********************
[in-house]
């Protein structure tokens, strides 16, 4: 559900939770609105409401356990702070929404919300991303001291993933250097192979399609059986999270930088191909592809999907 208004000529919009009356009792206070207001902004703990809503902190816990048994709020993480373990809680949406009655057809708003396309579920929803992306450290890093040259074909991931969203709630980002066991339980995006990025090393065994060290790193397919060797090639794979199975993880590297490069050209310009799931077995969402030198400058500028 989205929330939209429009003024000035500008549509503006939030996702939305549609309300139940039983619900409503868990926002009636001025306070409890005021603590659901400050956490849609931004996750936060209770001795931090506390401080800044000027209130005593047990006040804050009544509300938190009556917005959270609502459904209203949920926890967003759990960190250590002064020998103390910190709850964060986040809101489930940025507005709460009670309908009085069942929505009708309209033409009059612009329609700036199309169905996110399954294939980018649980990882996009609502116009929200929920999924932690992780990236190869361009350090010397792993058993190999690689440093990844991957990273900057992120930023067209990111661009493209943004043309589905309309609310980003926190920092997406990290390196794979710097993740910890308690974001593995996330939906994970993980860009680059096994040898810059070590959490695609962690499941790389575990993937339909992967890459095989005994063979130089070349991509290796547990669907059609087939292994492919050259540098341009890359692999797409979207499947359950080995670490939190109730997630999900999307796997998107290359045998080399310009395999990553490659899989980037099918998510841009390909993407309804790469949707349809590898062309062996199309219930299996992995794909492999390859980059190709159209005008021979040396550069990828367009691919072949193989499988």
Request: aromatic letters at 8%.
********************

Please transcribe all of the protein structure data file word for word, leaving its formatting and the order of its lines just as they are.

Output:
[in-house]
């Protein structure tokens, strides 16, 4: 559900939770609105409401356990702070929404919300991303001291993933250097192979399609059986999270930088191909592809999907 208004000529919009009356009792206070207001902004703990809503902190816990048994709020993480373990809680949406009655057809708003396309579920929803992306450290890093040259074909991931969203709630980002066991339980995006990025090393065994060290790193397919060797090639794979199975993880590297490069050209310009799931077995969402030198400058500028 989205929330939209429009003024000035500008549509503006939030996702939305549609309300139940039983619900409503868990926002009636001025306070409890005021603590659901400050956490849609931004996750936060209770001795931090506390401080800044000027209130005593047990006040804050009544509300938190009556917005959270609502459904209203949920926890967003759990960190250590002064020998103390910190709850964060986040809101489930940025507005709460009670309908009085069942929505009708309209033409009059612009329609700036199309169905996110399954294939980018649980990882996009609502116009929200929920999924932690992780990236190869361009350090010397792993058993190999690689440093990844991957990273900057992120930023067209990111661009493209943004043309589905309309609310980003926190920092997406990290390196794979710097993740910890308690974001593995996330939906994970993980860009680059096994040898810059070590959490695609962690499941790389575990993937339909992967890459095989005994063979130089070349991509290796547990669907059609087939292994492919050259540098341009890359692999797409979207499947359950080995670490939190109730997630999900999307796997998107290359045998080399310009395999990553490659899989980037099918998510841009390909993407309804790469949707349809590898062309062996199309219930299996992995794909492999390859980059190709159209005008021979040396550069990828367009691919072949193989499988």
Request: aromatic letters at 8%.